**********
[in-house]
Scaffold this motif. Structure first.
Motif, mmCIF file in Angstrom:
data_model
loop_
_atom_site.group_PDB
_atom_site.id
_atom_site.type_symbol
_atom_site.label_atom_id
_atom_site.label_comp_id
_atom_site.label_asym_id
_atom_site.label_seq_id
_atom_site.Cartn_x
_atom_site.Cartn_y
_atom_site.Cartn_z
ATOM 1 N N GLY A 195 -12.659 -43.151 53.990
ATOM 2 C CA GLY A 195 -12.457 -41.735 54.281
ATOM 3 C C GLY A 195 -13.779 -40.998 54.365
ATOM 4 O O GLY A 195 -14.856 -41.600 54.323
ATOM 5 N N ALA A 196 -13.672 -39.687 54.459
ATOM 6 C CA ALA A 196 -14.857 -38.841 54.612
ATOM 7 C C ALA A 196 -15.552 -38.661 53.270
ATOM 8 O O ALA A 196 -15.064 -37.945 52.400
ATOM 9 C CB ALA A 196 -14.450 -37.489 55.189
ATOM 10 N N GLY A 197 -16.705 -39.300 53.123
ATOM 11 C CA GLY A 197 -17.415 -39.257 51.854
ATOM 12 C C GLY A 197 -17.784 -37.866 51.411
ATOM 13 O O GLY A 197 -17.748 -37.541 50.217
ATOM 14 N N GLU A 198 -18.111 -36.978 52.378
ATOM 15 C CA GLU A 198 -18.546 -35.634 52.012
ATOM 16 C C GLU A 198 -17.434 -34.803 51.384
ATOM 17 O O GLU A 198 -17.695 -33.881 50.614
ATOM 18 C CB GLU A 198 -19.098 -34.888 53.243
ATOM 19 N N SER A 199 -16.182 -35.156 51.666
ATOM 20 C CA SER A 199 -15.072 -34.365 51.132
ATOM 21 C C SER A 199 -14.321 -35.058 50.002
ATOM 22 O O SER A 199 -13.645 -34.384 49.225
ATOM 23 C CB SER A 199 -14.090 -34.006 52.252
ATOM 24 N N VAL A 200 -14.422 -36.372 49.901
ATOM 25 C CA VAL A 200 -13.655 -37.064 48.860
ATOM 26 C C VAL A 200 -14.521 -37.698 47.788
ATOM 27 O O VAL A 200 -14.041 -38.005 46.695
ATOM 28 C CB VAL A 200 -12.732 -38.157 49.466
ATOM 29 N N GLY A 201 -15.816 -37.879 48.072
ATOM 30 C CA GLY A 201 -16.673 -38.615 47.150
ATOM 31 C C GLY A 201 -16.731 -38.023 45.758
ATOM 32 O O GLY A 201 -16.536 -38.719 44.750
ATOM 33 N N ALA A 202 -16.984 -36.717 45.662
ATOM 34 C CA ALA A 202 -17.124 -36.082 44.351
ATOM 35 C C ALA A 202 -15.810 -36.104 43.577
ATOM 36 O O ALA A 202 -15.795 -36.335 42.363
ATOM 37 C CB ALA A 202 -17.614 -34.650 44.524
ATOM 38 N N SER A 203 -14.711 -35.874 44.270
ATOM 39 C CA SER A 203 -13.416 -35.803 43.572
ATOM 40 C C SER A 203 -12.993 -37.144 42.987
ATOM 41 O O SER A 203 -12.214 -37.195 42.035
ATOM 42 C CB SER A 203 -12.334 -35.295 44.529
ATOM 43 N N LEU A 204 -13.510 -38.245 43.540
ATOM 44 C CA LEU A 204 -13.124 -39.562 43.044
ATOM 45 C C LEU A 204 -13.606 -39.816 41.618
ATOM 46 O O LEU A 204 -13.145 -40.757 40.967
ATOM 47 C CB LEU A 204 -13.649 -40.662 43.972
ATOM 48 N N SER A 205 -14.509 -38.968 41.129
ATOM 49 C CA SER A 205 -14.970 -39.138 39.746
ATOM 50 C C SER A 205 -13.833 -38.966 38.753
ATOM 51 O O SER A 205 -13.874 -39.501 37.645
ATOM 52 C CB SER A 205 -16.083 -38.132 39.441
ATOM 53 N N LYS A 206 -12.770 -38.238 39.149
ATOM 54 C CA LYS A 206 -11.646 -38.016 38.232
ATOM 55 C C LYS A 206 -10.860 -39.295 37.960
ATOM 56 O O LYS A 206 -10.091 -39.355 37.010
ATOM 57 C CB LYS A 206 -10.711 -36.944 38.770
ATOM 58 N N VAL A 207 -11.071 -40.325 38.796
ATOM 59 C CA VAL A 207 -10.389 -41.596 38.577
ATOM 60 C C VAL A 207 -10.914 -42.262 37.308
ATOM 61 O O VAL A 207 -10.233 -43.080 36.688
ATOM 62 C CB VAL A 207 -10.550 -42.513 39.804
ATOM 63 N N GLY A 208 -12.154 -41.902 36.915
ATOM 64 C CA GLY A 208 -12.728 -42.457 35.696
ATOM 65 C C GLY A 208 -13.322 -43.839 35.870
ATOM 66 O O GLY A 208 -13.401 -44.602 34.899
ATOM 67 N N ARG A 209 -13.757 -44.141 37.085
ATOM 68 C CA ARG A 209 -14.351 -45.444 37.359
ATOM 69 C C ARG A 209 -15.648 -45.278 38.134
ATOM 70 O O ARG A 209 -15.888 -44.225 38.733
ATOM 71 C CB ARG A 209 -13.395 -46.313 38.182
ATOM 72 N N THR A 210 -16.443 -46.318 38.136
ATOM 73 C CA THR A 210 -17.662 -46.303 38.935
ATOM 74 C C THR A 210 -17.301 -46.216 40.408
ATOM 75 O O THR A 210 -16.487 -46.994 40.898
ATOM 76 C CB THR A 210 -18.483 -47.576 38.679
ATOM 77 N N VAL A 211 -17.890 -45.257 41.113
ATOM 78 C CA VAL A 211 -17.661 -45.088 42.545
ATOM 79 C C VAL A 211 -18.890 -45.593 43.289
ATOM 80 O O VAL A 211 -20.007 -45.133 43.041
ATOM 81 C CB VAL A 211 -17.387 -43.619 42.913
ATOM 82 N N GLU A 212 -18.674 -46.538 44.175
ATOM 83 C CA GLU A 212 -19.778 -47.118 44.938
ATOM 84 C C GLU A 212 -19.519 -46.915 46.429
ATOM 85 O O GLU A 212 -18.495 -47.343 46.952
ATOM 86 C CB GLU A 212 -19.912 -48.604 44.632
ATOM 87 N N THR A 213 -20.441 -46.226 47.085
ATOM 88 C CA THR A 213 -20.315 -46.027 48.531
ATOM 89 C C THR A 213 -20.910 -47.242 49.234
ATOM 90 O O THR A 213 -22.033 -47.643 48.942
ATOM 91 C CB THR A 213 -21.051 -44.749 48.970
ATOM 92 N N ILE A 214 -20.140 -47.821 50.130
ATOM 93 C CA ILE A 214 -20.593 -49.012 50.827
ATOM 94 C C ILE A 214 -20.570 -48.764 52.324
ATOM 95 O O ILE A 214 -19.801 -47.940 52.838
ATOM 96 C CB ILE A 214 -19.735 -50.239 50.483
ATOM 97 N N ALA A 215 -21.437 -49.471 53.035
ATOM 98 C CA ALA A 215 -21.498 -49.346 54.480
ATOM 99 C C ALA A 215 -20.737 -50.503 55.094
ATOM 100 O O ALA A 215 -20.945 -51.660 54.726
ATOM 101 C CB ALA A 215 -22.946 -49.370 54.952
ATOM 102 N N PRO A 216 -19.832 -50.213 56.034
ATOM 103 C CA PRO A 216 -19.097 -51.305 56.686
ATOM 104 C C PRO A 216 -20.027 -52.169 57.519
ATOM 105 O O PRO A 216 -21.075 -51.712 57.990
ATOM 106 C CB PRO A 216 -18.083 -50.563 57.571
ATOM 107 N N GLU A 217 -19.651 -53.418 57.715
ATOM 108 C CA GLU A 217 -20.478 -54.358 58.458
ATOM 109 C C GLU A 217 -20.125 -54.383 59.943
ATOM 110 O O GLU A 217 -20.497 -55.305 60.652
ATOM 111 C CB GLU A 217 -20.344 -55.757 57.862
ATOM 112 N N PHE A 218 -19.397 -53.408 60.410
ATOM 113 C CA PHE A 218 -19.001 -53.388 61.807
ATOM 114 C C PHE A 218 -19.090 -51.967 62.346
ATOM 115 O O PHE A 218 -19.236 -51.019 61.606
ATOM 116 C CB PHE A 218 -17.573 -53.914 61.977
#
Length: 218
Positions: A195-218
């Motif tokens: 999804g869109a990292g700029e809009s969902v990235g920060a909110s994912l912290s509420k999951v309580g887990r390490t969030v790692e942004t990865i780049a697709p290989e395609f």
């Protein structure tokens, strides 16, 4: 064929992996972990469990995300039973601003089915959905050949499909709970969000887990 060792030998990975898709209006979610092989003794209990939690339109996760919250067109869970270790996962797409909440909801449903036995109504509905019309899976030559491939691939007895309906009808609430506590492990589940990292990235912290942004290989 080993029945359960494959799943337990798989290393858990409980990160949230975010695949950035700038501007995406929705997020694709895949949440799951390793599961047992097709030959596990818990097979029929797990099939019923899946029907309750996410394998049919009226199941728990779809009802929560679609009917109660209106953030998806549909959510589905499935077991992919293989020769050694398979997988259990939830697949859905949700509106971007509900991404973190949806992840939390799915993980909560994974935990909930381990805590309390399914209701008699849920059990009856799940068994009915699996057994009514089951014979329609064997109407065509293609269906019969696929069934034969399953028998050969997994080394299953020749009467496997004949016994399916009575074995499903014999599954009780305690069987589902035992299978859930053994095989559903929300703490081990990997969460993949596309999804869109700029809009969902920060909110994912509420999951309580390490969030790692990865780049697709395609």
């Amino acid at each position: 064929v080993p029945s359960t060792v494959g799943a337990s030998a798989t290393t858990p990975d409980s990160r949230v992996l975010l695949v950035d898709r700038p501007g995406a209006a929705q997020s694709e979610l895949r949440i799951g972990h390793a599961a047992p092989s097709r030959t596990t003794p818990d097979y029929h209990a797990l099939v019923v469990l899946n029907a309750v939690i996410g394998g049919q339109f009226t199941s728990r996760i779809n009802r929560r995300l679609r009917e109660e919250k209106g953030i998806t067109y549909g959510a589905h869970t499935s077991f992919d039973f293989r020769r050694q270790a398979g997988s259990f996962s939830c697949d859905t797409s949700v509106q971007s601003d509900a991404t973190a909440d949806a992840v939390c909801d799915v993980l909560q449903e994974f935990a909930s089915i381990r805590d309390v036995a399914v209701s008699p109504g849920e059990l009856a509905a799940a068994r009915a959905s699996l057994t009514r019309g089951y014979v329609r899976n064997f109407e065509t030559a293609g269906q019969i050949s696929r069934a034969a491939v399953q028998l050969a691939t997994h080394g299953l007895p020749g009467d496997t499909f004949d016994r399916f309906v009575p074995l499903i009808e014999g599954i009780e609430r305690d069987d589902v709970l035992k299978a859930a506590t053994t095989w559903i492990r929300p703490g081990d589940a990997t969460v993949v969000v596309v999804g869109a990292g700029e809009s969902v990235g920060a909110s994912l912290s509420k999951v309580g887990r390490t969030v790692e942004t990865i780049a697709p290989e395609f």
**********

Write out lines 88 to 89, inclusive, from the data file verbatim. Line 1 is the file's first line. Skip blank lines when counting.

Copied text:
ATOM 73 C CA THR A 210 -17.662 -46.303 38.935
ATOM 74 C C THR A 210 -17.301 -46.216 40.408